Manage to lead


Management is doing things right; leadership is doing the right things. Peter Drucker

And with this simple quote, shown up is one of the fundamental flaws in the way we value the people who work in local government.

Having been through restructures in the past, I am well versed in the intricacies of the average process.  The team or service undergoing the changes invariably ends up reviewing their structure charts, placing new teams together and rearranging workloads before or after assigning a manager for them to work with or to lead on their projects and keep things moving in the right direction.  Those higher up this chain get paid more, those lower down get paid less.

But why is this?  Why do those who sign off the leave cards for others, and who record progress via 1:1 meetings get paid more than those who actually do the work, those who make the contacts and those who lead the agenda and projects to where they need to be?

There seems to be an underlying assumption often made that leadership and management is intrinsically linked and that you can’t successfully do one without doing the other at the same time.  On many job descriptions for managers at whatever grade is the ability to lead and motivate others; how many of us are truly inspired by those immediately above us?  If you are one of thee then you are in a privileged position, as many simply are not.

However, many of us do find this inspiration from other colleagues we work with.  Some of these will be more senior than us, some more junior and some our peers.  I for one have been lucky enough to have had one or two inspirational managers, have been enthused by more junior staff and worked alongside some who have pushed me to be better than I  thought I could be before.

I’m sure I’m not unique in having known many of the exact opposite, those who’s jobs may or may not have been to inspire me but who didn’t for whatever reason.  Some of these have been superb managers, who have provided exactly what I needed when I needed it and allowed me to lead myself in my own direction. I didn’t hold this against them, in fact for me this was equally as important a stage in my professional development.

Had I been surrounded by leaders at these points then there is a good chance that I would have been led.  Instead, by being supported by very effective managers I was able to develop my own leadership skills and become what I believe to be a more effective leader myself.

That being said, those with leadership skills are usually placed into management positions, regardless of whether or not their management skills are up to scratch.  The ability to start up projects, to inspire others, to enthuse over a project and know where it should be heading seems to translate to the ability to keep accurate records, to understand and accept process and procedures and to be happy to deal with the mundanities of line management.

This is wrong.  Leadership and management are two very different disciplines, equally as valuable as each other.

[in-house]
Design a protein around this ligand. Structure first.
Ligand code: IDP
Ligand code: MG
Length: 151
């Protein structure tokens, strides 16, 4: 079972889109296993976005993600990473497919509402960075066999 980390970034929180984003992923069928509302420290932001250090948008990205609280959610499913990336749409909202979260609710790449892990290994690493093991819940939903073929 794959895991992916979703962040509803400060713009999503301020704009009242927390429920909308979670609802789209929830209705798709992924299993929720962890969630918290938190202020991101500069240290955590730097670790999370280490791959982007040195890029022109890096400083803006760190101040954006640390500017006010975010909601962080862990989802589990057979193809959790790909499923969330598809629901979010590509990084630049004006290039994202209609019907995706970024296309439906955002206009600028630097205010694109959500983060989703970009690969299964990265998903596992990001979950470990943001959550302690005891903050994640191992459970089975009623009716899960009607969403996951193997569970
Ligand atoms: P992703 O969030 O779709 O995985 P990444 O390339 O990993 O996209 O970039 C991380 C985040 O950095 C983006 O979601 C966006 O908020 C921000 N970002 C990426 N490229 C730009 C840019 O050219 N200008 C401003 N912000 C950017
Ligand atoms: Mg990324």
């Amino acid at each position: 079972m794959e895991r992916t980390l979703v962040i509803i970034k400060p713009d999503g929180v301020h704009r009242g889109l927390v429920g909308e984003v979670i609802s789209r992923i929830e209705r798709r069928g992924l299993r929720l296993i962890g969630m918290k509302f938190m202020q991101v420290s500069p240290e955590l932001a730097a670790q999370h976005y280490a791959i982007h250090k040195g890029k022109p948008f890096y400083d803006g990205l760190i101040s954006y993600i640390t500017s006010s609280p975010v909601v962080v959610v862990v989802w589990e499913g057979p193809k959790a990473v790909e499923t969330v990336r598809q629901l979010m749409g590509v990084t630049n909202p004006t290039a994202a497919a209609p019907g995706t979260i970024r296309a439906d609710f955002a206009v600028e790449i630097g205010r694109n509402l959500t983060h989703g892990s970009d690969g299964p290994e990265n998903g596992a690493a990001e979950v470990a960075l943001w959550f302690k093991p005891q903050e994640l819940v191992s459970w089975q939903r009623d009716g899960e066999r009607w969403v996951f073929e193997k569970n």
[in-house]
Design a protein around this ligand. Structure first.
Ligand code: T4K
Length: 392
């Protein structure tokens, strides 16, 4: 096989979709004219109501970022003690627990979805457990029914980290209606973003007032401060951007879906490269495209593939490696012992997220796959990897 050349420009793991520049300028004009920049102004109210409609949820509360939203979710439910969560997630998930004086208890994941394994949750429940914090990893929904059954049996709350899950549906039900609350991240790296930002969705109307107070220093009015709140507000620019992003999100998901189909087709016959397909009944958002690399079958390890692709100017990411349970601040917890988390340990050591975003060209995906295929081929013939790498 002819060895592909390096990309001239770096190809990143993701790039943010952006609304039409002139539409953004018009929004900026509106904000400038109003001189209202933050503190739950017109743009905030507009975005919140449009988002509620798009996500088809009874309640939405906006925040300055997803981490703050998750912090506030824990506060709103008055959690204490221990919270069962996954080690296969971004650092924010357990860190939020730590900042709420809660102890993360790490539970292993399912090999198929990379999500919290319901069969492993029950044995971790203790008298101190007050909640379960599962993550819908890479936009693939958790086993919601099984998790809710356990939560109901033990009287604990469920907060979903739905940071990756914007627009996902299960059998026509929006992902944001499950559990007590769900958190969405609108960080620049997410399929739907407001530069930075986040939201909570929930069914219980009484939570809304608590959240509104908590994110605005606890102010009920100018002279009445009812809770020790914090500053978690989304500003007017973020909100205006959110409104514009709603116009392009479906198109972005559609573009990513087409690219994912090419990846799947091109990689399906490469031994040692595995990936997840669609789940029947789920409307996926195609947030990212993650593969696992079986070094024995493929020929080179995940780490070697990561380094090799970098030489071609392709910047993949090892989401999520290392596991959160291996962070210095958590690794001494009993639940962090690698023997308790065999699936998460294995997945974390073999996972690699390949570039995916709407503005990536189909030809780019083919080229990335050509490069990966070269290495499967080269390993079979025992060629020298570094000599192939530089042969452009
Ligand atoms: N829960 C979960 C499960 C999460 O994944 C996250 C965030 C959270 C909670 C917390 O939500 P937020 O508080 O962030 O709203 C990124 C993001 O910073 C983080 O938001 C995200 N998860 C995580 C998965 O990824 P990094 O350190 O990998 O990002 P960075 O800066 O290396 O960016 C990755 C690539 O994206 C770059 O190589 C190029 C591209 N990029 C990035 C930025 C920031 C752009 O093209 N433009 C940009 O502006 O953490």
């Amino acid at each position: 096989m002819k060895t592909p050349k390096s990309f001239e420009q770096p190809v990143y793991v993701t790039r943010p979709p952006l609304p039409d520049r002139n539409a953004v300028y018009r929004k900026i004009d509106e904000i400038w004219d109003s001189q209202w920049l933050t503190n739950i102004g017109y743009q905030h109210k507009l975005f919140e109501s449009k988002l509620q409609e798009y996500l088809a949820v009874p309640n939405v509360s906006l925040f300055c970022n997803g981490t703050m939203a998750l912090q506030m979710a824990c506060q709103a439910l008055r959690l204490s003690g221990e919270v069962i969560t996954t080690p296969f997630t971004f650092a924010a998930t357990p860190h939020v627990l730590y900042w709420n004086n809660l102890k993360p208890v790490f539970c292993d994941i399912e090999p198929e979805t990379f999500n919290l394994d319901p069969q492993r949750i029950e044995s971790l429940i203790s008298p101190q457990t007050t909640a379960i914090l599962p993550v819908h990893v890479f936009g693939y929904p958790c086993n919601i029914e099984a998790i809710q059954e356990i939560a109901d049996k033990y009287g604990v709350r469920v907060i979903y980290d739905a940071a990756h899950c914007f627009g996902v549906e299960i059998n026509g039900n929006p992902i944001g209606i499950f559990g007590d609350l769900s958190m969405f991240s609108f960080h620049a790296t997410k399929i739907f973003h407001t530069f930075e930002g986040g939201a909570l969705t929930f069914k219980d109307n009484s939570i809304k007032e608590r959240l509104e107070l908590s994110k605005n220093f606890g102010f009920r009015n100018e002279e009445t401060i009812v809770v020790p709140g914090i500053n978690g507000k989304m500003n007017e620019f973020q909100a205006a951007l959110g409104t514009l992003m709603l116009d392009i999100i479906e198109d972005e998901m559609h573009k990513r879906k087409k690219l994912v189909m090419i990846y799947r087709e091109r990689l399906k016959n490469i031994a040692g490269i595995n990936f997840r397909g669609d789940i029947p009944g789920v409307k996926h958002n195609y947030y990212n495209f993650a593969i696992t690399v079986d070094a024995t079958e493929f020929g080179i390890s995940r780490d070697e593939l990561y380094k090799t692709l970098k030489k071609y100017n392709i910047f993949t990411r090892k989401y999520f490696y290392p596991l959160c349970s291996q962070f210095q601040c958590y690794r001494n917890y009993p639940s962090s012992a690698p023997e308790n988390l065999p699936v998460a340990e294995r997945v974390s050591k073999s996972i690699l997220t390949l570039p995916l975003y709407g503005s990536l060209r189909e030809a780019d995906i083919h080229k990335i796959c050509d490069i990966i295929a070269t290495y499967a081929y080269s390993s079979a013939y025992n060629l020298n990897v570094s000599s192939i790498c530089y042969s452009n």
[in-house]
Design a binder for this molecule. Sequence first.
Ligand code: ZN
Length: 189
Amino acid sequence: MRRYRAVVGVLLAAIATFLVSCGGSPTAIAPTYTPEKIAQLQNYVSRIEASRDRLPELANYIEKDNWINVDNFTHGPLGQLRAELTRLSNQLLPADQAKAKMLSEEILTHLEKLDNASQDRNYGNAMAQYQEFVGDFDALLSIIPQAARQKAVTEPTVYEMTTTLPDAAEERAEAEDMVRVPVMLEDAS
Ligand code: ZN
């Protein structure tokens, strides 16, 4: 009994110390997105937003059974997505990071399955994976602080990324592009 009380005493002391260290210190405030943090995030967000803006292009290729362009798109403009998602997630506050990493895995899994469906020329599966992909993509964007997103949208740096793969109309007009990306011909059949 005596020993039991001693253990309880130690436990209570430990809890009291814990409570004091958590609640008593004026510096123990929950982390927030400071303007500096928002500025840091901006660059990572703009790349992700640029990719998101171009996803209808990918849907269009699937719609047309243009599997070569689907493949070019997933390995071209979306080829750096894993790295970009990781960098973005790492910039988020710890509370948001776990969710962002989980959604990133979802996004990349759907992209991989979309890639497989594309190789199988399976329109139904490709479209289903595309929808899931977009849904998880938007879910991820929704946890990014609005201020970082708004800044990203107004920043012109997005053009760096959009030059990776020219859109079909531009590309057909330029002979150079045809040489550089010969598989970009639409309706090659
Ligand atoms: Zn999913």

One could be mistaken for thinking that leadership is all important for making things happen whilst managers simply do what they are told.  This combination oversimplifies things immensely.  Yes, leaders are more likely to set direction but managers are then required to make these plans into reality.

It would also be wrong to think that every manager is a natural leader, and to therefore ask them to take the lead when major projects roll around or change is required.  Far more useful would be to identify those individuals – at whatever level – and manage them properly in order for them to help set the correct direction.  Supportive management can enable others to lead, although the real challenge comes when being led by those who don’t manage others.  Not everyone is trusting enough of others to be led where they are taken.

We need to get better at trusting the leadership skills of more junior members of staff and managing them appropriately through guidance and support rather than near universally through leadership and direction giving.  Those few people who are both capable and willing to undertake both roles may be able to know when to focus on either of these two aspects, but for the rest of us we need to become more self aware of our strengths and preferences, and how these mesh with those within our teams.

If you are a manager, manage.  If you are a leader, lead, and if you work with others to get things done then get to know their strengths and weaknesses and where these complement yours.

Effective leadership is putting first things first. Effective management is discipline, carrying it out. Stephen Covey

Welovelocalgovernment is a blog written by UK local government officers. If you have a piece you’d like to submit or any comments you’d like to make please drop us a line at:welovelocalgovernment@gmail.com

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One Comment on “Manage to lead”

  1. Andrew H Says:

    Bang on! We know who our leaders are and the inspire us to be faster, higher, better. A good manager lets that happen, catches the best bits and restrains the madder impulses – in fact a bit like my current boss. If only we can get that through the whole organisation. Perhaps I’ll suggest a study group on the subject…🙂


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